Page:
Monday, 13 June 2011

Laboratory Safety

All accidents in the workplace come down to human error. One viewpoint is that accidents are unavoidable. However those of us who have come to terms with this chaos of life have faith in the business of risk management. By keeping in mind some basic precedents you can be safe in the workplace.

1. Always wear a lab coat
When spills happen your lab coat is the one barrier that will minimize damage, protecting your body from harm. Below are situations where a lab coat prevented a terrible injury. Always wear it.

2. Look away from hazards
A lab coat is good for handling spills, but will not let you avoid all potential threats. Often seeing hazards causes more injury than experiencing them. The best way to nullify this danger is to never acknowledge its existence in the first place.

3. Use equipment as it was intended
Being in a field still being explored with principles not yet established often encourages us to be creative. However this is not a free pass to be creative and dangerously improvise something it wasn't meant for.

4. Keep non-essential personnel out of the lab
Our friends and family are often curious of our work. Their presence presents a dangerous distraction. In turn being unmindful can be harmful for yourself and your close ones.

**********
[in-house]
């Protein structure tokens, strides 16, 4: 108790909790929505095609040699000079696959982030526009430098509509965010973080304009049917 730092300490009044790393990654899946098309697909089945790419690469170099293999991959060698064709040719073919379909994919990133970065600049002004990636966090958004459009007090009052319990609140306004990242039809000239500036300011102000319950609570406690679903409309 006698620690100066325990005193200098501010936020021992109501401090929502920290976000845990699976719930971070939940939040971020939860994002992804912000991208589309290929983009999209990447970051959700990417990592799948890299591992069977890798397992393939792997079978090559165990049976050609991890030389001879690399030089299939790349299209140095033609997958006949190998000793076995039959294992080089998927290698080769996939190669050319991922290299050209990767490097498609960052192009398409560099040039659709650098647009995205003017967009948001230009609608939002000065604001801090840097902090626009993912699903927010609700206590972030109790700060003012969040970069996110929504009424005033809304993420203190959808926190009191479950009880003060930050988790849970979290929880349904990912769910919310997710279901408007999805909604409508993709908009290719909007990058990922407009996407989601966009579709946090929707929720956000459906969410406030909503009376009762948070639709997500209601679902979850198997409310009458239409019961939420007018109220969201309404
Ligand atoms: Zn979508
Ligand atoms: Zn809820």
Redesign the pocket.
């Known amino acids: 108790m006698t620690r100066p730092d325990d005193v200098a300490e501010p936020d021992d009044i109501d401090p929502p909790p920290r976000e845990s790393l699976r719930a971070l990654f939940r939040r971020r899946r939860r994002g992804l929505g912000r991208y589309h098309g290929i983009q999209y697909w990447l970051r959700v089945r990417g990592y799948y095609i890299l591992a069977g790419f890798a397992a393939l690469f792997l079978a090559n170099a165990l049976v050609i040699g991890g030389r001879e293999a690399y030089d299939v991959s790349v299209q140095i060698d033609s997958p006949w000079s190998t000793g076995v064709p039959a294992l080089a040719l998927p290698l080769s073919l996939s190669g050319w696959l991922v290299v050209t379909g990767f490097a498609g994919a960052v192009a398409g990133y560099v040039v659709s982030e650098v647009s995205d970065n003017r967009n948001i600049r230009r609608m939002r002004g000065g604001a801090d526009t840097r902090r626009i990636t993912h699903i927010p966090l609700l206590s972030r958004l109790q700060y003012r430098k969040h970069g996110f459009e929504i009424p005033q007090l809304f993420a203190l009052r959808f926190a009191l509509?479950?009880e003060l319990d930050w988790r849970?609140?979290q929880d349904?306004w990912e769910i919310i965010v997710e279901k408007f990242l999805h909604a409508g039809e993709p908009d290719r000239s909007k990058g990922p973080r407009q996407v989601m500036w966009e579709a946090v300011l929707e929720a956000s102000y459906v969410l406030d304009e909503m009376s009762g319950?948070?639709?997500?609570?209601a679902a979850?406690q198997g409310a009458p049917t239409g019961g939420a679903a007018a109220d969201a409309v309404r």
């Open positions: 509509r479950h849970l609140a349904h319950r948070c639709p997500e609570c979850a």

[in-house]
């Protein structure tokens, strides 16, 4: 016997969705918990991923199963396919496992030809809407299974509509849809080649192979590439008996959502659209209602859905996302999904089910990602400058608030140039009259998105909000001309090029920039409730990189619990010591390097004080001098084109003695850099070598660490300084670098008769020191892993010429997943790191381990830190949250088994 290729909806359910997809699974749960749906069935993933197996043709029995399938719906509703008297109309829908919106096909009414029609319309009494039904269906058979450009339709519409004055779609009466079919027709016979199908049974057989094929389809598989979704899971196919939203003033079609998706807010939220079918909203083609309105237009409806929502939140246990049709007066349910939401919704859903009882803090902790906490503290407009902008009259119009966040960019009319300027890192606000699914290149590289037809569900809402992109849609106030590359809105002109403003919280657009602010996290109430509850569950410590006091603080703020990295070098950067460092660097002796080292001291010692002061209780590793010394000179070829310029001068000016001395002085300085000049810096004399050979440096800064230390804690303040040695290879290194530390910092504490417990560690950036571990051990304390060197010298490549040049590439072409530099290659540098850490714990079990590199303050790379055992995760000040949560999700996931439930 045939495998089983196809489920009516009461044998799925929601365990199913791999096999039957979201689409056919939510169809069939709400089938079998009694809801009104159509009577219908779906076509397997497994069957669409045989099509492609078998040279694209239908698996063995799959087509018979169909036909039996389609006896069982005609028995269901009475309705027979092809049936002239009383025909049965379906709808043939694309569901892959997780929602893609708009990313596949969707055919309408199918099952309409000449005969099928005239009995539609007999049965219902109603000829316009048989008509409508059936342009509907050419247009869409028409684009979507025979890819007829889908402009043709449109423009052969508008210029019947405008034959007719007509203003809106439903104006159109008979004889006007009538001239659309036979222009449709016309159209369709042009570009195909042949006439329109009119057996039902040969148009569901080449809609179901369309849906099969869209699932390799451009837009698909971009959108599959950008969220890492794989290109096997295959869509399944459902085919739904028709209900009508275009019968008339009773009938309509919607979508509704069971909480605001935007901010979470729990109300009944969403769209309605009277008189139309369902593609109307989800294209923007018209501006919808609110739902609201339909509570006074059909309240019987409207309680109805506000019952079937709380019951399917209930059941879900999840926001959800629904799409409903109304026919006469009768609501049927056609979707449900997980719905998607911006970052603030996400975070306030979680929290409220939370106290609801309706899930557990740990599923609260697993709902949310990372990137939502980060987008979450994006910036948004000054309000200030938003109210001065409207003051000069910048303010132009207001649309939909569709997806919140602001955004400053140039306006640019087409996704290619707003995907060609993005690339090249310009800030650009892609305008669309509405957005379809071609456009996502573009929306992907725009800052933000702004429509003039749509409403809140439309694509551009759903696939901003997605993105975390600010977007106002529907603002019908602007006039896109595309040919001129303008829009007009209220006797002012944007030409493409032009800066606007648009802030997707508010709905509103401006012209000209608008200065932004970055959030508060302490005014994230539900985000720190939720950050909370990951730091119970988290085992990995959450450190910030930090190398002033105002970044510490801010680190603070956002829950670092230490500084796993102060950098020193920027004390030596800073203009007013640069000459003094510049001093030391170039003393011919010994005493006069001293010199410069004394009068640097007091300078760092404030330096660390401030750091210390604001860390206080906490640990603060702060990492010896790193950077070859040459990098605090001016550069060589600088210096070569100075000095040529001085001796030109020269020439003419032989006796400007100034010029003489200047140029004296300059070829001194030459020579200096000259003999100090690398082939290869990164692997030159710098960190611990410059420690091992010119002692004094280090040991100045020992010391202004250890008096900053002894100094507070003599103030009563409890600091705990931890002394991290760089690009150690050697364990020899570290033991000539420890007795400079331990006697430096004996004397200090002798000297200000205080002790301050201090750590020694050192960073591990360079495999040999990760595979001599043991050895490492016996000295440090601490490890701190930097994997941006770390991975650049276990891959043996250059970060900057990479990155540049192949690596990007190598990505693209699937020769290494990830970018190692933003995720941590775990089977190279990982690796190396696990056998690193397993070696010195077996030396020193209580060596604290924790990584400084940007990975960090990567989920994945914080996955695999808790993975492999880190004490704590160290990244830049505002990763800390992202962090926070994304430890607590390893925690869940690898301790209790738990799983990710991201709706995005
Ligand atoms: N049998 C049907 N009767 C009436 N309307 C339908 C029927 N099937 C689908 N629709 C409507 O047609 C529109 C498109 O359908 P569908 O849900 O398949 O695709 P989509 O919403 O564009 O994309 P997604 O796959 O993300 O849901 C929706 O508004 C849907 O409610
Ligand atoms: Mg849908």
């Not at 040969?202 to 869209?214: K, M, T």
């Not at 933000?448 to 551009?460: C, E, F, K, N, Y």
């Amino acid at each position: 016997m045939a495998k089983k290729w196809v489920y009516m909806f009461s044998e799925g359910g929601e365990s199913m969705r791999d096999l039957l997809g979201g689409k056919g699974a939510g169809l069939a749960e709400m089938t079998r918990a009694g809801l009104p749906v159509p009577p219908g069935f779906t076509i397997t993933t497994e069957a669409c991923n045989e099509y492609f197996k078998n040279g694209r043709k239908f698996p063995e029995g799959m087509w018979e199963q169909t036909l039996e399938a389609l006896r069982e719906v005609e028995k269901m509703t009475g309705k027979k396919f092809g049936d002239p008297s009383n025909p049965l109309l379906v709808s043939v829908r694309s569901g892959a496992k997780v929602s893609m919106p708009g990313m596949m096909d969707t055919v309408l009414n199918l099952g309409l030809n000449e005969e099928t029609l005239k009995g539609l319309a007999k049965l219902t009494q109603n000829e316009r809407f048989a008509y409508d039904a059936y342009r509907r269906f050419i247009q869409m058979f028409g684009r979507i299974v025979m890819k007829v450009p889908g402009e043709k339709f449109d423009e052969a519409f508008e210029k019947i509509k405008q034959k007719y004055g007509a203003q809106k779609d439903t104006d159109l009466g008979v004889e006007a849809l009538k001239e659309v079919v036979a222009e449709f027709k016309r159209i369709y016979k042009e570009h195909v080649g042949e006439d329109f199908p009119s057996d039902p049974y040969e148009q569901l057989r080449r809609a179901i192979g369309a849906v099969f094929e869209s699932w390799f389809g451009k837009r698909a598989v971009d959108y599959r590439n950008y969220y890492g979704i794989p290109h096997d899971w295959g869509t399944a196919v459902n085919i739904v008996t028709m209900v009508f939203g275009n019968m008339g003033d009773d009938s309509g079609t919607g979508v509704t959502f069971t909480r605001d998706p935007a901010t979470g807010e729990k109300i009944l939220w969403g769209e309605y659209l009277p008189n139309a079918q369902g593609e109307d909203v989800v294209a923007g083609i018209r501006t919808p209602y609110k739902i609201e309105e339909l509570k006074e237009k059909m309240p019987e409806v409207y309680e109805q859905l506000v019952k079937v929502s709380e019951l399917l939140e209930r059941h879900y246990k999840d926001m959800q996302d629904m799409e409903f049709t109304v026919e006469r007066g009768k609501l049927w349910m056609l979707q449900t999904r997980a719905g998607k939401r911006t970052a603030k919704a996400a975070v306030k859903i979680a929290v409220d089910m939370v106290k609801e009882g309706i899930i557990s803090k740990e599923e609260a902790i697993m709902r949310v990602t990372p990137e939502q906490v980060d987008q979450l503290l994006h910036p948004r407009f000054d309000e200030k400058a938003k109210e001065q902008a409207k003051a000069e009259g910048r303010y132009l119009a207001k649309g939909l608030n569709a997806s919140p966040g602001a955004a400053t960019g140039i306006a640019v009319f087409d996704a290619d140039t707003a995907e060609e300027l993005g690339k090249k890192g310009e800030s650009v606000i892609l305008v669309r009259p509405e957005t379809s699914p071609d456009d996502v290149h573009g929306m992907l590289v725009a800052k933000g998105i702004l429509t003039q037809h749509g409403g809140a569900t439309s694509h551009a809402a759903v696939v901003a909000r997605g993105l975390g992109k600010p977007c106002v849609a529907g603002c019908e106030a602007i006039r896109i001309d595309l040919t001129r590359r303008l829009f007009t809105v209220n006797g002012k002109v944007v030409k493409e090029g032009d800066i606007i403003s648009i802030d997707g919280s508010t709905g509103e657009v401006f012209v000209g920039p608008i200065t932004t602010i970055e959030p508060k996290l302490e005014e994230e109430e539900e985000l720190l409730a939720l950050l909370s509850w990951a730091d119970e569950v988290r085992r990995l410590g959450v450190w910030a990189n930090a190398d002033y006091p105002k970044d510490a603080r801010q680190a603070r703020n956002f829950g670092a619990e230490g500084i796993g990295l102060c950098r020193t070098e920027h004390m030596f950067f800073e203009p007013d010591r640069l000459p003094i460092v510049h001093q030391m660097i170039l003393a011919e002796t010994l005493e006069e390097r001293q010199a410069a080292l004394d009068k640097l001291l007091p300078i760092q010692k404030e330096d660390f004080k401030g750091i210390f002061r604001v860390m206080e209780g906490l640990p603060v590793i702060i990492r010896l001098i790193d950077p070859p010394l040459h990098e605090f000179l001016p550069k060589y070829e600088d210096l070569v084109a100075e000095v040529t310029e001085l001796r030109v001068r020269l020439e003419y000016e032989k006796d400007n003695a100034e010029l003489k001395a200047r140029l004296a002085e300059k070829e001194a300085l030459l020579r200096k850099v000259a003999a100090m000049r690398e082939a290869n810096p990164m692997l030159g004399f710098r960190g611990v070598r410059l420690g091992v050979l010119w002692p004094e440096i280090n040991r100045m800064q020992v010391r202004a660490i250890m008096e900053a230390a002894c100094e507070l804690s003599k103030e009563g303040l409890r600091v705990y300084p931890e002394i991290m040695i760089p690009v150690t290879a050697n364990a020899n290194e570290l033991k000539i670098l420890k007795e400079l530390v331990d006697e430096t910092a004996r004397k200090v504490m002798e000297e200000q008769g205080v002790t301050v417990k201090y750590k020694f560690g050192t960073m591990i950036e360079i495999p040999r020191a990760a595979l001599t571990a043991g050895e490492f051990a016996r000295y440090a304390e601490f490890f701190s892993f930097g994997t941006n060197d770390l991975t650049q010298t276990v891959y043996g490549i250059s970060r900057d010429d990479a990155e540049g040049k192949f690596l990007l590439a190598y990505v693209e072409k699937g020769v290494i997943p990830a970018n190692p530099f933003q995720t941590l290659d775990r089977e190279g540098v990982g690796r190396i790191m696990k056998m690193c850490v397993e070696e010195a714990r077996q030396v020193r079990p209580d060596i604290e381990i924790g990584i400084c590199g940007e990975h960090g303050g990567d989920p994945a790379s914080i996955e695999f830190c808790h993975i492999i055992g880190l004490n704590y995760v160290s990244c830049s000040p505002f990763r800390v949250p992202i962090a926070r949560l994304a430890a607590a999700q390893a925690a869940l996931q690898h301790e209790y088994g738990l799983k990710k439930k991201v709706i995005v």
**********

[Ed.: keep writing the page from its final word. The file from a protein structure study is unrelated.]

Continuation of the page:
In conclusion we see that dangers are avoidable. We owe it to ourselves to take the minimum precaution expected of us. I hope this has shown you that if human error can amplify hazards, then human diligence can nullify them even less. We owe it to ourselves to keep trying!

Wednesday, 1 June 2011


There is an effective approach to not telling the truth while at the same time avoiding a lie. This method is referred to as omission. It is certain everybody has used this technique at least once in the past, more likely subconsciously. Here we will see how in the past brilliant minds with something to hide systemized it into a strategy for information warfare.

We have often mistake what we hear as factual. The absence of information is often assumed as an absence of the item in question. This results in oversight resulting from overconfidence in false assumptions.

In a scientific laboratory this applies in preventing the theft of expensive chemicals. The fact is that the greatest alarm systems or security measures can deter theft but not stop it. No system accessible to universities can detain a thief once she has set of the alarm nor stop the theft in progress. Our job instead is to present no need for these systems simply by hiding the fact anything valuable worth stealing even exists. Doing this we take it one step further. Instead of preventing break-ins, we go so far as to prevent any tempting thoughts of stealing in the first place.

We can see now that omission is a powerful tool. Instead of placing our valuable chemicals in a prominent safe, we use an inconspicuous fridge. Instead of costly alarm systems, we circumvent any cause for alarm beforehand.